As mentioned earlier, Bev Stevens was my supervisor for Deconstruction. Given its aim and content, I think we were aware it was not going to earn me a First, but Bev cheerfully offered encouragement and sage advice, gave me enough rope to hang myself, and basically let me get on with it. The viva afterwards was a rum do. I seem to remember Neil Fisher struggling to keep a straight face, but at least he didn’t give me a cabbage this time. To their credit, nobody said ‘You shouldn’t have done it like that; you should have done it like this.’ They were just politely curious as to why I had done it the way I did, nodded, and left it at that.
Degree policy was that, while a mark could not go down as the result of a viva, it could go up if the student gave a particularly good account of themself.
I don’t think my mark went up much. I received a fair-to-middling 2.2 for the Honours Project module, though I still ended up with a 2.1 degree classification overall.
Today a student awarded such a mark might well respond, ‘But I worked really hard on it!’ (as indeed I did), but I didn’t mind. I had done what I wanted to do, and it got what my tutors thought it deserved. Fair enough. The project was essentially a panto, and though it’s not the work I would make today (when I hope I have acquired a somewhat more nuanced appreciation of the value of textual analysis), it still makes me chuckle – and we were proud of it at the time. I was the toast of the Lodge that weekend, believe you me, and was fighting off admirers at the Snow Ball.
Bliss it was to be alive, but to be young was very heaven.
Ah, well. To quote another franchise, it was all a long time ago, in a galaxy far, far away.
I am perhaps being hard on modern students, who are subject to pressures that I did not experience as an undergraduate. I paid no tuition fees, and left university with no debts (I had no money, but no debts). I did not grow up within the results-focused SAT culture, though I do remember everyone getting very stressed by the Eleven Plus. I was extremely fortunate, I think, to have enjoyed my education as much as I did. And I still enjoy teaching, most of the time. But what should be an essentially pleasurable experience – for tutors and students alike – has had some of the joy sucked out of it. For me, that is what MMU Cheshire’s closure represents. However, I’m reluctant to end the blogging year on so maudlin a note, and will instead conclude by paying tribute to the many tutors who tried to show me which end was up in those three very happy years at the Alsager campus. I wish them all well, whatever they are up to now, and hope they would be pleased to know that their efforts ultimately inspired some of us to continue with or re-enter Higher Education; I know that several of my cohort have gone on to work in the creative arts.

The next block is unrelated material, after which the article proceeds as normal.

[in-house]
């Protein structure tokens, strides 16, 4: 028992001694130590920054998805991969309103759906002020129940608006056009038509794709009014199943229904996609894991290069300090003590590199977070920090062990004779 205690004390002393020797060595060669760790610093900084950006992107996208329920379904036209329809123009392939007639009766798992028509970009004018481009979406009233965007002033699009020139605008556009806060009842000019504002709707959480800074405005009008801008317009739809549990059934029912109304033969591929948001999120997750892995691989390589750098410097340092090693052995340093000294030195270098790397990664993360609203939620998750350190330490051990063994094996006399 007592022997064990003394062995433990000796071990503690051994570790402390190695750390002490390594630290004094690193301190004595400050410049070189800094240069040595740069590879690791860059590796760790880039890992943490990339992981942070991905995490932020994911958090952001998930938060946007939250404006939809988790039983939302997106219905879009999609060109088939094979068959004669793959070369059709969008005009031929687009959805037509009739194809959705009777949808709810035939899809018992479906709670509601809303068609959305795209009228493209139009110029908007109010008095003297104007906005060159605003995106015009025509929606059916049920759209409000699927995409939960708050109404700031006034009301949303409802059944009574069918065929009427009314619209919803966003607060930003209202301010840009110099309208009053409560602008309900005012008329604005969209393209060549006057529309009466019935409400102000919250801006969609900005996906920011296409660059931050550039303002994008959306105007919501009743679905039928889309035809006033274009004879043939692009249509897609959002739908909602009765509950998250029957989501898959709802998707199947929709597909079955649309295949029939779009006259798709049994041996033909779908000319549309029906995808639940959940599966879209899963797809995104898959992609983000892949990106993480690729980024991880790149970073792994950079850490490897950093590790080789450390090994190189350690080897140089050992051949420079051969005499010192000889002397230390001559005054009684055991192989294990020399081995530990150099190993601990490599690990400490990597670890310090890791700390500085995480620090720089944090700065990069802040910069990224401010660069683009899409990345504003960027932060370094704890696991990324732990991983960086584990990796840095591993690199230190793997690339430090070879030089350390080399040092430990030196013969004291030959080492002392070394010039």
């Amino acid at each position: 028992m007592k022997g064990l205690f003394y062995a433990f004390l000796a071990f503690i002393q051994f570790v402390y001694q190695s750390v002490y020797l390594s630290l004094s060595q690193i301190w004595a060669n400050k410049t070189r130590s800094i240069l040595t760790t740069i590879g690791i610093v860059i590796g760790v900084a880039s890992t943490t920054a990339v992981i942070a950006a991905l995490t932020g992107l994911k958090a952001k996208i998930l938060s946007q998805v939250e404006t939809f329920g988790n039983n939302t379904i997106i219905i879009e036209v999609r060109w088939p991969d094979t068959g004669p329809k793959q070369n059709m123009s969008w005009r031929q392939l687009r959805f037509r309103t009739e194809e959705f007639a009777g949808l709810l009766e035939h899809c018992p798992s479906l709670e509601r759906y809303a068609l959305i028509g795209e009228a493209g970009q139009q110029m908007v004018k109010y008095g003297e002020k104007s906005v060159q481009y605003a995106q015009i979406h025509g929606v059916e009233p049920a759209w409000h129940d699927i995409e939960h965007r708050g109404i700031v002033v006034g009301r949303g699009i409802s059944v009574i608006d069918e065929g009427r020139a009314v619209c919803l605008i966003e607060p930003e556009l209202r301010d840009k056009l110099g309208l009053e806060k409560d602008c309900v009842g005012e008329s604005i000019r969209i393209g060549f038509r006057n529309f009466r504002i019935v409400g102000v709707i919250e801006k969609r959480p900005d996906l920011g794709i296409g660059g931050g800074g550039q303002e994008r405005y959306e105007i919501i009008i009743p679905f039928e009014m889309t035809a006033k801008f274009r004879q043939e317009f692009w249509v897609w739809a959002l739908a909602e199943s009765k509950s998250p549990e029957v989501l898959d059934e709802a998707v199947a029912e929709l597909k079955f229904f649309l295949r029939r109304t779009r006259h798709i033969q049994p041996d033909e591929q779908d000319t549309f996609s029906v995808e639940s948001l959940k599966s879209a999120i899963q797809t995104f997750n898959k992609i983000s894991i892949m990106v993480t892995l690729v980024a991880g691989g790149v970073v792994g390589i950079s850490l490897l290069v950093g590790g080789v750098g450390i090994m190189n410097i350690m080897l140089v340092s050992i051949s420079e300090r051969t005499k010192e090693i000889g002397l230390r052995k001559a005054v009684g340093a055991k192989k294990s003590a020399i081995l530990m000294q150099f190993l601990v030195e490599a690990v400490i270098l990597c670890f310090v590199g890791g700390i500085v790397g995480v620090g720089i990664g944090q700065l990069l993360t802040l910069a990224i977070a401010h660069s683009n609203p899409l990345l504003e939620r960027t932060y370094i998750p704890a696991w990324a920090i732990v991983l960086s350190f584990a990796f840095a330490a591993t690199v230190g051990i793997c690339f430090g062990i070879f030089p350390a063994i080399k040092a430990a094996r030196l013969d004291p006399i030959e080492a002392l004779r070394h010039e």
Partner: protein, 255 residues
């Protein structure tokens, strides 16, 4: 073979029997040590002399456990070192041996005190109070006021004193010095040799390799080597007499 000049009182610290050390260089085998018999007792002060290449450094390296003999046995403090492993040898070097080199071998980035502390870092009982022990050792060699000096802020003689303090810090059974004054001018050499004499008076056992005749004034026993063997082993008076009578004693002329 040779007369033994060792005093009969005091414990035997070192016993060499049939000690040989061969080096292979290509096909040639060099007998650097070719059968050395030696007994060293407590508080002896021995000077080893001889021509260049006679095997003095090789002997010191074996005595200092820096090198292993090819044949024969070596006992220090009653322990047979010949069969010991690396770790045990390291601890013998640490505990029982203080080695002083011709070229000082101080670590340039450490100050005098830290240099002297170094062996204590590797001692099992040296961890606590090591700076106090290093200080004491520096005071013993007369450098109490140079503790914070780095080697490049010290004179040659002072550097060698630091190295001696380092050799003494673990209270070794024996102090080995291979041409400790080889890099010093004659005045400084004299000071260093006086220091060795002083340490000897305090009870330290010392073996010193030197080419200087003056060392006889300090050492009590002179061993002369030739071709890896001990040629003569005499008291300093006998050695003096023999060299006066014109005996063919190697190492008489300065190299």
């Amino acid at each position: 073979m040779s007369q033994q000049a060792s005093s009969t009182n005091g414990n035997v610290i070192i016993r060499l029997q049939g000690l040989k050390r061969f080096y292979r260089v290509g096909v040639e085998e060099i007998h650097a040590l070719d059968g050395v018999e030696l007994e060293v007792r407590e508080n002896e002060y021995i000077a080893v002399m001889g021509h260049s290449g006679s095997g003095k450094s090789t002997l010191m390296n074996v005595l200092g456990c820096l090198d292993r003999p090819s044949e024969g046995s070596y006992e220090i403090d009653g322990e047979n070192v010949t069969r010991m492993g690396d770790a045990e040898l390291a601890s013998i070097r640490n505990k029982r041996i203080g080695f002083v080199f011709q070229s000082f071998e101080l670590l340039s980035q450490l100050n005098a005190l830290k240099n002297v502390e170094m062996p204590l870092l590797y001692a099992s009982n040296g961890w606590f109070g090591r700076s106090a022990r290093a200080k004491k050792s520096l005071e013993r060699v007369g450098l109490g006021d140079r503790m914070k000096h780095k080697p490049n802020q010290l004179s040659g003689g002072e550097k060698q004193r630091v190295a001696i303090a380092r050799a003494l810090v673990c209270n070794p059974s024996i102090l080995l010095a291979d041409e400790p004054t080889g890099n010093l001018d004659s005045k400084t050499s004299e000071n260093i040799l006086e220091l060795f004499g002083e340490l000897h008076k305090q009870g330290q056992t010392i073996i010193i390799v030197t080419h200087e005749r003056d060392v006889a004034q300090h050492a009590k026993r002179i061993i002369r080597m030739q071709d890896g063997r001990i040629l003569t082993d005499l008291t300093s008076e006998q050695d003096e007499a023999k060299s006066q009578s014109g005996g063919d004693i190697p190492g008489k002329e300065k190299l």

Have a good summer, everyone.
Dr Richard Hewett lectures in media theory, and has contributed articles to The Journal of British Cinema and Television, The Historical Journal of Film, Radio and Television, Critical Studies in Television and Adaptation. His book, The Changing Spaces of Television Acting: From Studio Realism to Location Realism in BBC Television Drama, was published in 2017; a paperback version will be available in 2020.
 This was most unfair, as I had ensured that he had a fair crack of the microphone at my own celebrations two years earlier. Revenge will be served cold at my fiftieth.
 And improve I did. I finally got my essay First from Steve Purcell in Integrated Arts 2A, for a piece that discussed whether or not the Marx Brothers can be considered Brechtian performers.
 I am on LinkedIn, but only accept contact requests from students after they have graduated.
 For one thing, Pierced Nipples would have found out about his nickname almost immediately.
 Discuss their ideas on how to address the brief, certainly. Maybe work out a rough essay plan. And then LET THEM GET ON WITH IT.
 I used to have a colleague who regularly advised students to ‘add the Benny Hill theme’ to their films, because this ‘would make it funnier’. Ah, the magic of editing. The sad thing is that most of them had no idea who Benny Hill was, so she had to sing it for them.
 Sad to say, this has actually happened to me since I became a lecturer.